Textbook Notes (369,067)
Canada (162,366)
RSM260H1 (43)
all (6)
Chapter 6

Chapter 6.docx

6 Pages

Rotman Commerce
Course Code

This preview shows pages 1 and half of page 2. Sign up to view the full 6 pages of the document.
Chapter 6 Linking Pay to Performance on Production Jobs - piece-rate: a pay system in which individual workers are paid a certain sum of money for each unit of production completed - wage incentive plans: various systems that link pay to performance on production jobs o usually leads to substantial increases in productivity Problems With Wage Incentives - lowered quality: quality issue can decline when motivating people to work faster in jobs that require “people processing: e.g. customer interviews - differential opportunity: some workers will be at a disadvantage if supply of raw materials or quality of equipment varies in workplaces which limits their opportunities to produce at a high level - reduced cooperation: wage incentives that reward individual productivity might decrease cooperation among workers - incompatible job design: the way some jobs are designed can make it hard to implement wage incentives e.g. assembly line - restriction of productivity: the artificial limitation of work output that can occur under wage incentive plans o no wage incentive: productivity is distributed in a “bell-shaped manner” o wage incentive: productivity is skewed to the left Linking Pay to Performance on White Collar Jobs - white collar jobs (clerical, profession, managerial) offer fewer objective performance criteria to which pay can be tied - merit pay plans: systems that attempt to link pay to performance on white collar jobs o merit pay is rewarded based on managers’ evaluation of their employees’ performance o have become one of the most common forms of motivation - problems: o low discrimination: managers may be unable/unwilling to discriminate b/w good and poor performers o small increases: merit increases may be too small to be effective motivators  lump sum bonuses: merit pay awarded in a single payment and not built into base pay o pay secrecy: even if merit pay is administered fairly, those who receive merit increases don’t discuss it w/their co-workers b/c they don’t have a way to compare their own merit treatment w/others Using Pay to Motivate Teamwork Pay Plan Description Advantages Disadvantages Profit Employees - employees have a - many factors beyond control of Sharing receive a cash sense of ownership employees can affect profits bonus based on - aligns employee - difficult for employees to see the organization goals w/organization impact of their actions on profits goals organizational profits Employee Employees can - creates sense of legal - many factors can influence value of stock own a set + psychological organization’s shares ownerships amount of the ownership for - difficult for employees to see organization’s employees connection b/w their efforts + value shares - aligns employees’ of organization’s stock goals and interests - they lose their motivational w/those of the potential in a weak economy when organization the value of the organization’s stocks decline Gainsharing When measured - aligns organization + - bonuses might be paid even when costs decrease, employee goals the organization doesn’t make a employees - encourages profit receive a bonus teamwork + - employees might neglect objectives based on a cooperative behaviour that aren’t included in the formula predetermined formula Skill-based Employees are - encourages - increases training cost pay paid according employees to learn - labour costs can increase as to the # of job new skills employees acquire more skills skills they - greater flexibility in acquire task assignments - provides employees w/a broader picture of the work process Job Design as A Motivator Job Scope and Motivation - job scope: the breadth and depth of a job - breadth: the number of different activities performed on the job - depth: the degree of discretion/control the worker has over how these tasks are performed o broad jobs: requires workers to do a number of different tasks o deep jobs: emphasizes freedom in planning how to do the work Quality Control High Scope Equipment Monitoring Manager Professor Low Scope Traditional Assembly Line Assembly Line Job Utility Worker How to increase the scope of a job: - assign employees stretch assignments: way to broaden their skills by working on a variety of tasks w/new responsibilities - job rotation: rotating employees to diff. tasks + jobs in an organization The Job Characteristics Model 1. Skill Variety - the opportunity to do a variety of job activities using various skills + talents o high: owner of a garage who does electrical repair, does body work, etc. o low: body shop worker who sprays paint eight hrs/day 2. Task Identity - the extent to which a job involves doing a complete piece of work from beginning to end o high: cabinet maker who designs, builds and finishes a piece of furniture o low: worker in furniture factory who only makes table legs 3. Task Significance - the impact a job has on other people o high: nursing the sick in a hospital intensive care unit o low: sweeping hospital floors 4. Autonomy - the freedom to schedule one’s own work activities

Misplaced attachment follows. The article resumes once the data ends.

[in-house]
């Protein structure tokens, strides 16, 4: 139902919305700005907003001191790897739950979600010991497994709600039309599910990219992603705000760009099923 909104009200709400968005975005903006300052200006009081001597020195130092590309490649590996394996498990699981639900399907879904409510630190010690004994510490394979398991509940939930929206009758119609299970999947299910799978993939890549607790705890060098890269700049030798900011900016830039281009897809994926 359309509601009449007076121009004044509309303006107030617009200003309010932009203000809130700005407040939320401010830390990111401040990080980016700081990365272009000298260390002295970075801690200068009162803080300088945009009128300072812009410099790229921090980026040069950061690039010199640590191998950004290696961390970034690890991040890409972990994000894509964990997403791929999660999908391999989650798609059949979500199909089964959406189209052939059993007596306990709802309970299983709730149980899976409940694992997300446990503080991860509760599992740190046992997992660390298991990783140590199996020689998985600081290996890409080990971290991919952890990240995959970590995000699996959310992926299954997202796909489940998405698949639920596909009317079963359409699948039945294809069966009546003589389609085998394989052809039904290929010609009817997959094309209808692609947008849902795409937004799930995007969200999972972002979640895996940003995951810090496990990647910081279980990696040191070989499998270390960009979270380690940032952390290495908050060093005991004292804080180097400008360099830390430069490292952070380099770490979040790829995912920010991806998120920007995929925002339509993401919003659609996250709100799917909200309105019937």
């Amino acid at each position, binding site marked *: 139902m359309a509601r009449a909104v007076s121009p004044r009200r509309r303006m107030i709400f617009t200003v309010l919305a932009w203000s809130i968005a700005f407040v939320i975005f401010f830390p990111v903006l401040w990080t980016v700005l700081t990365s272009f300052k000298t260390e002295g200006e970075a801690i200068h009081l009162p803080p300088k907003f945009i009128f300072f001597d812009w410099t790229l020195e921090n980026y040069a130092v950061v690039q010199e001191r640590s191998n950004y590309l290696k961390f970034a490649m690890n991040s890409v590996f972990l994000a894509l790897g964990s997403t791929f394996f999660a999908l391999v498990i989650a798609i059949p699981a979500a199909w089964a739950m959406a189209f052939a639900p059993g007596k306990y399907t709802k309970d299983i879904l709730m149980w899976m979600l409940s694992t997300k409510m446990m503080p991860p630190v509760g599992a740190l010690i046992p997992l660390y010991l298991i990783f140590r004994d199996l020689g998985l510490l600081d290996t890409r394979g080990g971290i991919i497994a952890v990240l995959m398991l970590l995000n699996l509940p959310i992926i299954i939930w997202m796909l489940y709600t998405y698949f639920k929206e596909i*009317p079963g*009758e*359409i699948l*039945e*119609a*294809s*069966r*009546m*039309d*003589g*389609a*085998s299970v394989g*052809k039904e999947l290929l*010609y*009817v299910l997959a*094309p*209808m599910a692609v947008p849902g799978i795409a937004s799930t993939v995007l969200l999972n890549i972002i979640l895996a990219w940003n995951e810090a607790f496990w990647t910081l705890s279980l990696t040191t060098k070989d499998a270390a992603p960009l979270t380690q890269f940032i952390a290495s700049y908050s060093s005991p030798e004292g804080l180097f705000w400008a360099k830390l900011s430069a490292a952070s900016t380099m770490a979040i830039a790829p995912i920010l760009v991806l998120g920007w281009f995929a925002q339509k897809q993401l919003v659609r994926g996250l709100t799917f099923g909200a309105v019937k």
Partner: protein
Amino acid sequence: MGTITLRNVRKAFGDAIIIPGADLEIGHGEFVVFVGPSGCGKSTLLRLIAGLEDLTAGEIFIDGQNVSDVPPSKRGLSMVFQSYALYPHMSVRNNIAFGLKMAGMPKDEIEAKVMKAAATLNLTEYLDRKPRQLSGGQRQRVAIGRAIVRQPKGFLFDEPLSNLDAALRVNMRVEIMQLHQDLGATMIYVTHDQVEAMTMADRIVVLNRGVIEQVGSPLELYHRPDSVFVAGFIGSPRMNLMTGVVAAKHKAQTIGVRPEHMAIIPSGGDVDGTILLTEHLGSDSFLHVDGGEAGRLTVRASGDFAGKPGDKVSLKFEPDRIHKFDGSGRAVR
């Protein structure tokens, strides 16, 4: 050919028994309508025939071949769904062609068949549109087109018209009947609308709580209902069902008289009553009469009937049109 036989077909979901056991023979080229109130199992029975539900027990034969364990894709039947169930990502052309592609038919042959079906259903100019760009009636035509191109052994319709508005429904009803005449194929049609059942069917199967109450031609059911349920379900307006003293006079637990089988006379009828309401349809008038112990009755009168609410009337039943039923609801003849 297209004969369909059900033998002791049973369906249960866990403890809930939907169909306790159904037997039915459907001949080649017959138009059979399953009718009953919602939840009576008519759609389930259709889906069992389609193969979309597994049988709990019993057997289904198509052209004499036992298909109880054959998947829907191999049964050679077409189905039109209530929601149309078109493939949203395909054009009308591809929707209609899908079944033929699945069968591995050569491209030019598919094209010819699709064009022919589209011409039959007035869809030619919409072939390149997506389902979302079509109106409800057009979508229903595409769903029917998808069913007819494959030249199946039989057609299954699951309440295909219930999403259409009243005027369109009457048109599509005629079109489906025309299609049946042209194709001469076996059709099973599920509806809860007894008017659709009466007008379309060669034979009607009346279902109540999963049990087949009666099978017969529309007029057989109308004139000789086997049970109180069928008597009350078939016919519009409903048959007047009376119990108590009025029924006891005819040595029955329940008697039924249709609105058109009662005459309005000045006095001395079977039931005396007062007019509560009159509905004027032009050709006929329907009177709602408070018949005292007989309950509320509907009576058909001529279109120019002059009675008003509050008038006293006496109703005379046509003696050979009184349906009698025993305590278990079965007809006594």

More Less
Unlock Document

Only pages 1 and half of page 2 are available for preview. Some parts have been intentionally blurred.

Unlock Document
You're Reading a Preview

Unlock to view full version

Unlock Document

Log In


Join OneClass

Access over 10 million pages of study
documents for 1.3 million courses.

Sign up

Join to view


By registering, I agree to the Terms and Privacy Policies
Already have an account?
Just a few more details

So we can recommend you notes for your school.

Reset Password

Please enter below the email address you registered with and we will send you a link to reset your password.

Add your courses

Get notes from the top students in your class.